I’ve never heard of the ESP8266, but I have heard of (and used, for several projects) the RPi. That’s probably the reason for a lot of people.


If you want to do things that need an OS use RPI, if you want read/transfer sensor data or control basic servos esp8266 is a joy to work with. There are plenty of others, arduino is maybe more known as buzzword for microcontrollers.


You need a computer and the right cords to program a controller, the pi is that computer as well as the controller.


Yes, but you also get the downsides of having a full computer. Namely, it has an OS, it has an SD card that can wear out, it takes longer to boot, etc.


For me, simply because it was lying around!


It is true that pi is complete overkill for such a project, but it is very convenient and lots of people have experience with it.

Plus your standing desk could also be a pi-hole for wifi security.


or a Plex server.


Yes!

Replace the ESP8266 with some Arduino clone for 3.50 € and you'll even be more beginner friendly...


Makes it harder to make it work with Homebridge/Alexa though.


It's not hard to get an ESP8266 dev board for that much.


If you're willing to wait you can get an ESP8266 dev board such as the WeMos D1 mini from aliexpress for less than $2!


Because it can't be extended so much as the r-pi. Why limit yourself when you don't have to? It's like asking why one would buy a 1TB harddrive when Linux fits in a few GB.


>Why limit yourself when you don't have to?

Cost, power consumption, reliability, performance, security, weight, and volume, to name just a few.

I really dislike the attitude that we should use the biggest hammer we can find for any size of nail just because we can.


And if you dont have to meet those requirements, why waste time, energy, thoughts trying to.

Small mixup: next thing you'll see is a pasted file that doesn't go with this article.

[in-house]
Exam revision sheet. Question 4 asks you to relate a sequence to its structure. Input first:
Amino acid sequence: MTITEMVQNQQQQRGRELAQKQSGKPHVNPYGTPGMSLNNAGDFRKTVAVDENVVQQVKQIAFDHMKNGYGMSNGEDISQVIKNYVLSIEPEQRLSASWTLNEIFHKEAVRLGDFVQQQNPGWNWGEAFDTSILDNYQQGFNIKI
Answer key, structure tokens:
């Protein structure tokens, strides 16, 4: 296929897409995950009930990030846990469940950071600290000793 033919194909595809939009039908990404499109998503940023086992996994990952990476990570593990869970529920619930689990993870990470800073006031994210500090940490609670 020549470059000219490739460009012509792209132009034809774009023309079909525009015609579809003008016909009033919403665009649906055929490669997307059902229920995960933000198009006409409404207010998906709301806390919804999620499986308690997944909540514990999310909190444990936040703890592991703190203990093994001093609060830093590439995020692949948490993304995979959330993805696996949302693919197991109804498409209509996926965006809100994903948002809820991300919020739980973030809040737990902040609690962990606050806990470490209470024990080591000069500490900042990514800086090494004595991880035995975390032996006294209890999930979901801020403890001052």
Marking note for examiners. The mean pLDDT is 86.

Theres a reason multitools are every day carry, and its not that they are the perfect tool for the job.


> security

The ESP8266 is a product developed by a Chinese company, which would be reason for some to avoid it from a security standpoint.


I love the idea of accidentally leaving a shoe (or whatever) underneath the height sensor and being confused about why the desk moves to the wrong height...

Clever though!


Haha, this has happened a few times. Especially if I move the chair that I've been sitting on out of the way toward the sensor.


I was thinking about a sleeping pet.


Even better would be a cat walking by and causing the whole thing to raise up suddenly :)


I’m curious why someone might reach for an RPI for a project like this? The last Pi I was using was consuming something like 8 watts while idle. That’s like $1.50 a month in electricity here in the Bay Area...

Many times, an arduino or esp32 would be more than capable with considerably less power usage.


Interesting point, I hadn't actually considered what the power consumption of RPis is. I use a few around the house to do various things. Honestly though, the only reason I've used one here is that it was lying around unused. As you mentioned, if I were buying something myself I'd use a different, smaller controller.


Several years back I was looking for an adjustable desk and was not liking the prices. I ended up buying this: https://www.homedepot.com/p/Husky-62-in-Adjustable-Height-Wo...


I also bought this desk - works great!!


Yeah - I totally don't use it for standing. I get to engrossed with what I'm doing and I forget to to stand. But it hold my 4 monitors, laptop and mic stand just fine.


Clever use of an ultrasonic distance sensor. I think one of those cheap time of flight proximity sensors would work too.


Because sometimes you just need the equivalent of an early Cray to do the job of a few relays...




Guidelines | FAQ | Lists | API | Security | Legal | Apply to YC | Contact

Search: